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modern tomes, and all that serve him as literary tools, on open

shelves.  These may reach the roof, if he has books to fill them,

and it is only necessary to see that the back of the bookcases are

slightly removed from contact with the walls.  The more precious and

beautifully bound treasures will naturally be stored in a case with

closely-fitting glass-doors. {2}  The shelves should be lined with

velvet or chamois leather, that the delicate edges of the books may

not suffer from contact with the wood.  A leather lining, fitted to

the back of the case, will also help to keep out humidity.  Most

writers recommend that the bookcases should be made of wood close in

the grain, such as well-seasoned oak; or, for smaller tabernacles of

literature, of mahogany, satin-wood lined with cedar, ebony, and so

forth.  These close-grained woods are less easily penetrated by

insects, and it is fancied that book-worms dislike the aromatic

scents of cedar, sandal wood, and Russia leather.  There was once a

bibliophile who said that a man could only love one book at a time,

and the darling of the moment he used to carry about in a charming

leather case.  Others, men of few books, preserve them in long boxes

with glass fronts, which may be removed from place to place as

readily as the household gods of Laban.  But the amateur who not

only worships but reads books, needs larger receptacles; and in the

open oak cases for modern authors, and for books with common modern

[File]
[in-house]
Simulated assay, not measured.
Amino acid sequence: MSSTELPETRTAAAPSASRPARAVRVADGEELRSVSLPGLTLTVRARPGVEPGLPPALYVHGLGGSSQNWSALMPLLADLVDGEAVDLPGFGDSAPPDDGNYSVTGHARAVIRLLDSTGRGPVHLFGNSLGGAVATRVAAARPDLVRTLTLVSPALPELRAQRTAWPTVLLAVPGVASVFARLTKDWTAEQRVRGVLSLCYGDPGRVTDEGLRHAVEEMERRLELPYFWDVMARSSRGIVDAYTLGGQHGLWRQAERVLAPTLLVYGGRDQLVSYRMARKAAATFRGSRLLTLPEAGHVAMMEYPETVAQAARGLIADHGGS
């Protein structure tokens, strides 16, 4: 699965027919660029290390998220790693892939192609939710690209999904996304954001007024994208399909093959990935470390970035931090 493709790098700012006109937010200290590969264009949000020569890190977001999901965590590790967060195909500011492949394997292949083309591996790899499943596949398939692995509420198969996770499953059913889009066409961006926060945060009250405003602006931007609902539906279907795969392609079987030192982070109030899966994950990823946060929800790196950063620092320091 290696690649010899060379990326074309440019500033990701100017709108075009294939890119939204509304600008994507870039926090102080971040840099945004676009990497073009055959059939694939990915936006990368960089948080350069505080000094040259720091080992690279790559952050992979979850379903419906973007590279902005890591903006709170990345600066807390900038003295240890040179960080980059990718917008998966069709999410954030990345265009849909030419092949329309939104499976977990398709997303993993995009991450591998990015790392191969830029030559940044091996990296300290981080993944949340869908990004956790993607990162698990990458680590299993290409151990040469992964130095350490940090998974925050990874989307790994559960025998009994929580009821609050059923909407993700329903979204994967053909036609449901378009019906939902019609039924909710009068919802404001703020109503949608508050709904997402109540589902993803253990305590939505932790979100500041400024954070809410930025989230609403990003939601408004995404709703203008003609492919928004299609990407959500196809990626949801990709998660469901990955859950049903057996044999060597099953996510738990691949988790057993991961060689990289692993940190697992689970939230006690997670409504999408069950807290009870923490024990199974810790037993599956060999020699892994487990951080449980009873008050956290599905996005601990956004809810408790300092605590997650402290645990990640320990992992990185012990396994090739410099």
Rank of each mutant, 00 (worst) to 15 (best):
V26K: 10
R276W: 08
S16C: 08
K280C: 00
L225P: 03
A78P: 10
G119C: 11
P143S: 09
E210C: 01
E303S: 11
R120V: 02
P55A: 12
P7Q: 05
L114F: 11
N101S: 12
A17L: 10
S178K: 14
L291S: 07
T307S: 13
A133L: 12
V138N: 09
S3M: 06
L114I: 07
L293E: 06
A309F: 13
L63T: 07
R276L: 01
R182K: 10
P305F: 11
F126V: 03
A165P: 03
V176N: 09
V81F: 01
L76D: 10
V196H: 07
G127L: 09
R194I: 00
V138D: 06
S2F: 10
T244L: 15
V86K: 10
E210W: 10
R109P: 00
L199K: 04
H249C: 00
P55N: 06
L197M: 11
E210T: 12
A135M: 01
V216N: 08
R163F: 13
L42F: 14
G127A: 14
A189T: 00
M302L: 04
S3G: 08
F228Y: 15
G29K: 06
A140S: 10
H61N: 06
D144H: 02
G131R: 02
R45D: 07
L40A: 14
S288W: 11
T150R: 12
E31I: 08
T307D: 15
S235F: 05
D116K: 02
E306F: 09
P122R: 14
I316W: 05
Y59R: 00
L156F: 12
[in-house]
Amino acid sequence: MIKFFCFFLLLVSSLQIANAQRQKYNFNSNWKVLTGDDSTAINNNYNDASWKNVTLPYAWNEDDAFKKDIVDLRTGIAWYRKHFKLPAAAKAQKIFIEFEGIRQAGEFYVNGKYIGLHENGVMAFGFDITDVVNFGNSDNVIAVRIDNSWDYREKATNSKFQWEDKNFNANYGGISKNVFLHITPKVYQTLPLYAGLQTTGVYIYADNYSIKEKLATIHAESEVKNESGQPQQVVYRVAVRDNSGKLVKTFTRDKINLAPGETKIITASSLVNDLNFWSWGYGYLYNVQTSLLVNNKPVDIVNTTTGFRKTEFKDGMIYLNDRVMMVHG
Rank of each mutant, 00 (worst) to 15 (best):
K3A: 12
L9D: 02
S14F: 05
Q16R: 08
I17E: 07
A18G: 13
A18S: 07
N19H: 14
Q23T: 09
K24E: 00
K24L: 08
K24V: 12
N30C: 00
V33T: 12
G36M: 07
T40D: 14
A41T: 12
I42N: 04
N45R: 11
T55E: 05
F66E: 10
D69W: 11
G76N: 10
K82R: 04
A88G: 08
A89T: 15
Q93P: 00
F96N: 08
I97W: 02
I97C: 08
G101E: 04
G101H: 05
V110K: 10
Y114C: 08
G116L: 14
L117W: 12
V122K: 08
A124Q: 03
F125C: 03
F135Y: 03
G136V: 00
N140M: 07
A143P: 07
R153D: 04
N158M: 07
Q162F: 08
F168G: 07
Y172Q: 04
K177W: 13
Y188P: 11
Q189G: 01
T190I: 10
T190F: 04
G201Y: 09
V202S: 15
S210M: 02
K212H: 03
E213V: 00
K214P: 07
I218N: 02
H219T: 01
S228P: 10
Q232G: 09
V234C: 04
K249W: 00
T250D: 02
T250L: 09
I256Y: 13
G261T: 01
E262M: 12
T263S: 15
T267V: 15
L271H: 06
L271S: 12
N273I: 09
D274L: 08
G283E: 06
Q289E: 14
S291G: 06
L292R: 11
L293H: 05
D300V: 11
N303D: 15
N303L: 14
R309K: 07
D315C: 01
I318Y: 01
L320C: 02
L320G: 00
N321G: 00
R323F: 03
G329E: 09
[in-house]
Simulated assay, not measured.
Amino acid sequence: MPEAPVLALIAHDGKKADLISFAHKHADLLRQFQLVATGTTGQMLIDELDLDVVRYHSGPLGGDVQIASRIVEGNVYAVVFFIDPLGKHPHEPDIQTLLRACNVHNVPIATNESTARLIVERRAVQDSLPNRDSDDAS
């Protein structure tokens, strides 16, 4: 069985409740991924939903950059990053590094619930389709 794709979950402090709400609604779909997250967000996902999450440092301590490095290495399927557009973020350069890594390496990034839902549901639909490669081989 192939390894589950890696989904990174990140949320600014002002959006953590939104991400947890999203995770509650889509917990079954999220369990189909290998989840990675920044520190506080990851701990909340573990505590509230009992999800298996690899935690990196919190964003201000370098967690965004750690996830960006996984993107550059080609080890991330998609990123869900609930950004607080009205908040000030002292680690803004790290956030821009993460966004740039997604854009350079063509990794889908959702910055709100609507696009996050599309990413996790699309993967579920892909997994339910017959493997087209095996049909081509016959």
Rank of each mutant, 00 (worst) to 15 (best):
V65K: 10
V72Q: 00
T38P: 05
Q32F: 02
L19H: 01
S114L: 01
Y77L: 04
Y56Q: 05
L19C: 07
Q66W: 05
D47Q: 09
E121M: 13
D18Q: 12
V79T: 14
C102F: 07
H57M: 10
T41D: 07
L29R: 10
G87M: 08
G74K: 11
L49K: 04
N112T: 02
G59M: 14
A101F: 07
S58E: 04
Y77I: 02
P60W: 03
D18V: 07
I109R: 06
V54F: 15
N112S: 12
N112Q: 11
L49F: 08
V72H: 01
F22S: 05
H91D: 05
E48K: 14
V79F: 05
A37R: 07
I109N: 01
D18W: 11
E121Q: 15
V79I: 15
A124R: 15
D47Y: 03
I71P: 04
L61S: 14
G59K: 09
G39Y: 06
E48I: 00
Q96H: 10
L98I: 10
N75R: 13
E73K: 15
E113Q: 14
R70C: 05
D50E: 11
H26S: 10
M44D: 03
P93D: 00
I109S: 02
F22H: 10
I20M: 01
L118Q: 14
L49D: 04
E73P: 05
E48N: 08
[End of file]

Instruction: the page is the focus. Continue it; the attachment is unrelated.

papers and bindings, in the closed armoire for books of rarity and

price, he will find, we think, the most useful mode of arranging his

treasures.  His shelves will decline in height from the lowest,

where huge folios stand at case, to the top ranges, while Elzevirs

repose on a level with the eye.  It is well that each upper shelf

should have a leather fringe to keep the dust away.

As to the shape of the bookcases, and the furniture, and ornaments

of the library, every amateur will please himself.  Perhaps the

satin-wood or mahogany tabernacles of rare books are best made after

the model of what furniture-dealers indifferently call the "Queen

Anne" or the "Chippendale" style.  There is a pleasant quaintness in

the carved architectural ornaments of the top, and the inlaid

flowers of marquetry go well with the pretty florid editions of the

last century, the books that were illustrated by Stothard and

Gravelot.  Ebony suits theological tomes very well, especially when

they are bound in white vellum.  As to furniture, people who can

afford it will imitate the arrangements of Lucullus, in Mr. Hill

Burton's charming volume "The Book-hunter" (Blackwood, Edinburgh,

1862).--"Everything is of perfect finish,--the mahogany-railed

gallery, the tiny ladders, the broad winged lecterns, with leathern

cushions on the edges to keep the wood from grazing the rich

bindings, the books themselves, each shelf uniform with its facings,

or rather backings, like well-dressed lines at a review."  The late

Sir William Stirling-Maxwell, a famous bibliophile, invented a very

nice library chair.  It is most comfortable to sit on; and, as the

top of the back is broad and flat, it can be used as a ladder of two

high steps, when one wants to reach a book on a lofty shelf.  A kind

of square revolving bookcase, an American invention, manufactured by

Messrs. Trubner, is useful to the working man of letters.  Made in

oak, stained green, it is not unsightly.  As to ornaments, every man

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